As we know, the sun is very important for our planet earth which provides energy to the ecosystem. The sun’s UV rays help the human body make nutrients that are important for bones, blood cells, and the immune system. Bright sunlight helps boost the production of serotonin. It also improves the release of melatonin, which helps one get a better night’s sleep.
Vitamin D is naturally produced by the skin out of cholesterol when exposed to ultraviolet B radiation of sunlight. It is also known as a hormone that regulates gene expression in hundreds of genes. Therefore, controls physical mechanisms throughout the body.
Just a few years ago, it was a misconception that Vitamin D is the “ bone Vitamin” but due to the hard work of many scientists, especially Michael Holicks, it was discovered that every tissue and cell type in the body has receptors for vitamin D.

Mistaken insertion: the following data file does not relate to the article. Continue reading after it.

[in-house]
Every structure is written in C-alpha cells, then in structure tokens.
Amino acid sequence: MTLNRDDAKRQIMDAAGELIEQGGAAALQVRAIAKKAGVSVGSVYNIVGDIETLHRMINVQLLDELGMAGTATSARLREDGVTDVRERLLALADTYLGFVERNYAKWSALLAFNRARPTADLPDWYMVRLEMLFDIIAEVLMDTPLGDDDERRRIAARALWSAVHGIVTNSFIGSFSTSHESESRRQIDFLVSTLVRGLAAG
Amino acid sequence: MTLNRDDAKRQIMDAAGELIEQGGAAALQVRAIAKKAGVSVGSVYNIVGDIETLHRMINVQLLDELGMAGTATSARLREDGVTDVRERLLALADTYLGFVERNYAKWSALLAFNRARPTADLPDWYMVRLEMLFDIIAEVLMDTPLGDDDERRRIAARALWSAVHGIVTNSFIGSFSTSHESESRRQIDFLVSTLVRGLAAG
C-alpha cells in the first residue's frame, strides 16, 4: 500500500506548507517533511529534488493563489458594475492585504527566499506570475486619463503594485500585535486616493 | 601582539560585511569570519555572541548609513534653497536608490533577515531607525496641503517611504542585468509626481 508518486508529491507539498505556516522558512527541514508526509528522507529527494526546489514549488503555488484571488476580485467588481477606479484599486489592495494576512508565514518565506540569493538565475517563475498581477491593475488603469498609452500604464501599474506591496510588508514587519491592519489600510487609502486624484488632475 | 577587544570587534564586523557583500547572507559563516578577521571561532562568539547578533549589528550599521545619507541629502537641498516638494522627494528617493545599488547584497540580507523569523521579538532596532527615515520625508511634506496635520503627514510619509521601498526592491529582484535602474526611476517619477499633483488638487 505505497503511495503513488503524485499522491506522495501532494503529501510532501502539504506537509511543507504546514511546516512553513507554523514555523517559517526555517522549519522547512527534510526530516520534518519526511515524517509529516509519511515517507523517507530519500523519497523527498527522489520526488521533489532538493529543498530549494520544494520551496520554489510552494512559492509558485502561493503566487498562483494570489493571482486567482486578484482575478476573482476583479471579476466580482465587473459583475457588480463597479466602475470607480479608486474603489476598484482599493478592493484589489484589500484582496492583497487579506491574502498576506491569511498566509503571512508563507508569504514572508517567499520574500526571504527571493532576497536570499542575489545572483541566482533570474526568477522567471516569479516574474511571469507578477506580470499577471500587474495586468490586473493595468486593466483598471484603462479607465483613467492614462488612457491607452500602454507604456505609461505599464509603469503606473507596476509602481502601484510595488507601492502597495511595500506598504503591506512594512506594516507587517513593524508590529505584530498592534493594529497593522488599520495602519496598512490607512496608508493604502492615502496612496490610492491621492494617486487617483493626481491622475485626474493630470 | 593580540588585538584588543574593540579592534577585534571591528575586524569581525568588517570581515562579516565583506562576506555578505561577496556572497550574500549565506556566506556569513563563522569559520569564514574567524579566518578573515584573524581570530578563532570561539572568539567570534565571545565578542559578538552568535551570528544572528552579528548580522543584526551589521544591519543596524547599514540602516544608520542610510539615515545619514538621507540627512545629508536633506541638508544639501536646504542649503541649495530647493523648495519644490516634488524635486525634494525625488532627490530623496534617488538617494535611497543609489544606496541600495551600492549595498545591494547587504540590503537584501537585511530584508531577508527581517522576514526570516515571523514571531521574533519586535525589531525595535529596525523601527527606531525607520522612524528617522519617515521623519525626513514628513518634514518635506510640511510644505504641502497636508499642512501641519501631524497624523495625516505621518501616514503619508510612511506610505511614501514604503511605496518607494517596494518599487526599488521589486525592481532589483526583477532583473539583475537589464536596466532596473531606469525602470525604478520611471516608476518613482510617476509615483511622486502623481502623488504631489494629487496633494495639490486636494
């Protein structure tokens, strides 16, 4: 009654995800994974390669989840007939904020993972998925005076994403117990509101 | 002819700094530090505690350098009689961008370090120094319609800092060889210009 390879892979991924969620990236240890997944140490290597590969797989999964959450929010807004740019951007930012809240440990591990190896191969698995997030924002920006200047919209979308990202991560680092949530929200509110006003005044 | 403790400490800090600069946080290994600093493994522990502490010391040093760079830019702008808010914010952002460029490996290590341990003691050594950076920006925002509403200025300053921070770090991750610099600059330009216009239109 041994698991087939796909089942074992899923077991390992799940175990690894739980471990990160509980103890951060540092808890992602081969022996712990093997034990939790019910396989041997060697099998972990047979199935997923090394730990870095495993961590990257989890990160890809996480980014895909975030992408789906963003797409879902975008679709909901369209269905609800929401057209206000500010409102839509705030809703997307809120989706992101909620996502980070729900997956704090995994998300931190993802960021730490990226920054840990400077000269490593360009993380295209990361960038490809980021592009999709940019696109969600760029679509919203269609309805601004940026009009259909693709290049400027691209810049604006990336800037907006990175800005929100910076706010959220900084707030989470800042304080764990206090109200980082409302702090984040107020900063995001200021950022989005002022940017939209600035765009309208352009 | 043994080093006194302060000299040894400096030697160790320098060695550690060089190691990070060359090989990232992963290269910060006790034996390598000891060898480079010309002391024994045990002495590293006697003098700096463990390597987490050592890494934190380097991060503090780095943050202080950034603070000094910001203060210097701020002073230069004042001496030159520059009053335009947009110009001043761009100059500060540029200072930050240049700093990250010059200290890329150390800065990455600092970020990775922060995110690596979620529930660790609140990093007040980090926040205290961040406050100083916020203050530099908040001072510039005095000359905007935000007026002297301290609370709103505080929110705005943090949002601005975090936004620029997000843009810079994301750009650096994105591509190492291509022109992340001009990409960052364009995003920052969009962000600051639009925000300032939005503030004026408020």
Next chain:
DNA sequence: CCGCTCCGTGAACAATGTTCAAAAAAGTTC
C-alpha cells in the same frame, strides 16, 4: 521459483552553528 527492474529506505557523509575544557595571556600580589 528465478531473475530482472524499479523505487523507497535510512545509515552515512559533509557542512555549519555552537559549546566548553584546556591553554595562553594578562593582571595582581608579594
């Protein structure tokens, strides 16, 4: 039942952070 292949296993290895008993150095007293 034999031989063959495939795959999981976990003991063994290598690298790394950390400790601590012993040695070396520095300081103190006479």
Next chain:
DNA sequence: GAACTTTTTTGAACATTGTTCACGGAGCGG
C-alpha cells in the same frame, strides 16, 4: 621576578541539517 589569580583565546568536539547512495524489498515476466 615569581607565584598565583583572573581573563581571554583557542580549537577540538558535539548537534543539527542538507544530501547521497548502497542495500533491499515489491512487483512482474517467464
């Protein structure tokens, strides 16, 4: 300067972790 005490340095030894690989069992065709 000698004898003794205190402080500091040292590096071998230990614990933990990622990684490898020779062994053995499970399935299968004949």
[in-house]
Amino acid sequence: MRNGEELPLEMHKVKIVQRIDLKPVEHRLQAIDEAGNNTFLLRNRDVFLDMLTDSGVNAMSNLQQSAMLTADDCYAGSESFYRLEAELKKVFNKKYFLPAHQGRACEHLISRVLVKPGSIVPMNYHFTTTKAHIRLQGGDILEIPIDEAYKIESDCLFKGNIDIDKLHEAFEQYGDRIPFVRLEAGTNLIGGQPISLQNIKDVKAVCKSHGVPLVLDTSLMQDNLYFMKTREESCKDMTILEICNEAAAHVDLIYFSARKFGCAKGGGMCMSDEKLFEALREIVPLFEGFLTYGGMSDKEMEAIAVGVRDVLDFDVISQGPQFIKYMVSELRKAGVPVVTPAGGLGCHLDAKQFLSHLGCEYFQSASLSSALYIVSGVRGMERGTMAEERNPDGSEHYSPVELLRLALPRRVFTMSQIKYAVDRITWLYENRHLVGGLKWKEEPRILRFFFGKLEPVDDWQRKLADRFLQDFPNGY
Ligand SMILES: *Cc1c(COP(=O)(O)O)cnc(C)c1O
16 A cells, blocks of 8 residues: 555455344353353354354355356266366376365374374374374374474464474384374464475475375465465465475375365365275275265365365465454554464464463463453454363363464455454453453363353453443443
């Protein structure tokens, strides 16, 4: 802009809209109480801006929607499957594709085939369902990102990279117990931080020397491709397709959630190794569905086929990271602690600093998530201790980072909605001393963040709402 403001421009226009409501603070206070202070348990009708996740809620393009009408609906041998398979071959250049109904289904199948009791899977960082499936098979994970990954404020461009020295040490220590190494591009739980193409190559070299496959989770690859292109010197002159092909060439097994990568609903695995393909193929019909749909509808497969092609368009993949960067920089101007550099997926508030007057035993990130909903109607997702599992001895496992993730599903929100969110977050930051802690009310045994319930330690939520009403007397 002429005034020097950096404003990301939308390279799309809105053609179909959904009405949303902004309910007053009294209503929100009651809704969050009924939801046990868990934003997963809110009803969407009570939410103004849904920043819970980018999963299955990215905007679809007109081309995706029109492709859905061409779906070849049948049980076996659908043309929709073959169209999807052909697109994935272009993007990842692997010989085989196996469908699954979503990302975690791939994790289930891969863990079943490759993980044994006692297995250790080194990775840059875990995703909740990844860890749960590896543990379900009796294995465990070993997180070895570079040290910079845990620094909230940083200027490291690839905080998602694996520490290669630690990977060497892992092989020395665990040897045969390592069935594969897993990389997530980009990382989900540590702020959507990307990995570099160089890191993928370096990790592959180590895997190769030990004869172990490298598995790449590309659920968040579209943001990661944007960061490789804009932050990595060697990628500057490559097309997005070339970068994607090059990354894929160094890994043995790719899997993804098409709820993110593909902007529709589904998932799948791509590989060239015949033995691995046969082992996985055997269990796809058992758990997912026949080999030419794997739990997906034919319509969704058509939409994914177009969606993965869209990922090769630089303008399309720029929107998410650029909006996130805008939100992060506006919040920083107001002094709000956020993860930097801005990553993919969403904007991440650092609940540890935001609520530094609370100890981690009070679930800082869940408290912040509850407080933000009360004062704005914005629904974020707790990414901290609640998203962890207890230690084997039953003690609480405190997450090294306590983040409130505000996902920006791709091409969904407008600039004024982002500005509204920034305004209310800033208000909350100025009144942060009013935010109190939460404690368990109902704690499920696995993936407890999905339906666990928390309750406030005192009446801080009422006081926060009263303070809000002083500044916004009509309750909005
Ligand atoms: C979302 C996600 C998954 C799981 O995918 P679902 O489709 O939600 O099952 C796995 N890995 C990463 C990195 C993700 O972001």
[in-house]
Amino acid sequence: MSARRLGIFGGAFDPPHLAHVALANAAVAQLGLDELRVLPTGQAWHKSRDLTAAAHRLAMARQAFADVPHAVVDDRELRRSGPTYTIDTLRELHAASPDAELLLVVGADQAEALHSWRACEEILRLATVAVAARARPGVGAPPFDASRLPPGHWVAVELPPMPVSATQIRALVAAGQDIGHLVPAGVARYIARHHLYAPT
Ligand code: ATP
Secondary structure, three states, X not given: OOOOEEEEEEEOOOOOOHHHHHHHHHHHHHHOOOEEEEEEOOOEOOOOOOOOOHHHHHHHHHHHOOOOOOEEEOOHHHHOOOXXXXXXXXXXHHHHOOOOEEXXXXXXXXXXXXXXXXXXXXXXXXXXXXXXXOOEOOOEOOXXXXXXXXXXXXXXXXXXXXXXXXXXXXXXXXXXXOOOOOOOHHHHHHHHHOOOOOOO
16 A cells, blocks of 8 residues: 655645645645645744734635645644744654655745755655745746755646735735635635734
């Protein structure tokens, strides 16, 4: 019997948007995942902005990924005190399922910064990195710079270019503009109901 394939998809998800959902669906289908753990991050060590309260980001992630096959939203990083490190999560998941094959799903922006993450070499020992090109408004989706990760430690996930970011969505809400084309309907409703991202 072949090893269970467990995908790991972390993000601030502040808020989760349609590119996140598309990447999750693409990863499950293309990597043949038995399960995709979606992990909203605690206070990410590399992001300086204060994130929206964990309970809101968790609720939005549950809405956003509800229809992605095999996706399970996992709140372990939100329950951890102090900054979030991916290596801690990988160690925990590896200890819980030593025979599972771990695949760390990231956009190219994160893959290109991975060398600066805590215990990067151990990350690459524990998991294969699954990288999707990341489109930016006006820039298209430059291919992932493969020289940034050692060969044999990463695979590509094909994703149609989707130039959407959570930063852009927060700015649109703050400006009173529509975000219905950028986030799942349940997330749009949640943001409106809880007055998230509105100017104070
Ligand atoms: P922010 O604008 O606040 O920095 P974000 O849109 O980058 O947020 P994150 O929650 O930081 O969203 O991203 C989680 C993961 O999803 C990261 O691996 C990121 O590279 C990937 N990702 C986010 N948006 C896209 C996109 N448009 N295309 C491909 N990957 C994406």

It is unfortunate that deficiency of vitamin D is an epidemic globally and a major factor in the pathology of many diseases such as at least 17 varieties of cancer, as well as diabetes, heart disease, stroke, hypertension, autoimmune diseases, depression, chronic pain, osteoarthritis, osteoporosis, muscle weakness and more. It is recently known that cold and flu are caused due to deficiency of Vitamin D during winter.
In order to maintain an adequate level of Vitamin D, it can be achieved through diet, the sun, or supplements.
Therefore, Vitamin D “sufficient” have blood levels of at least 30 ng/ml however optimum vitamin D is achieved at a minimum of 50 ng/ml and toxic if level greater than 70 ng/ml.
Fish ( Salmon/Tuna)
Cod liver oil.
Supplements: Take 800-1000 units of vitamin D per day in winter and 2000 units per day for over 50 years of age.
35ng/ml is normal whereas levels greater than 70ng/ml are Toxic.
This article will be a part of a weekly series on health and wellbeing. This is the fifth of eight.
Khalid Javed Rizvi, a certified nutritionist and also served nine years as a General Manager of Health & Safety in a multinational firm.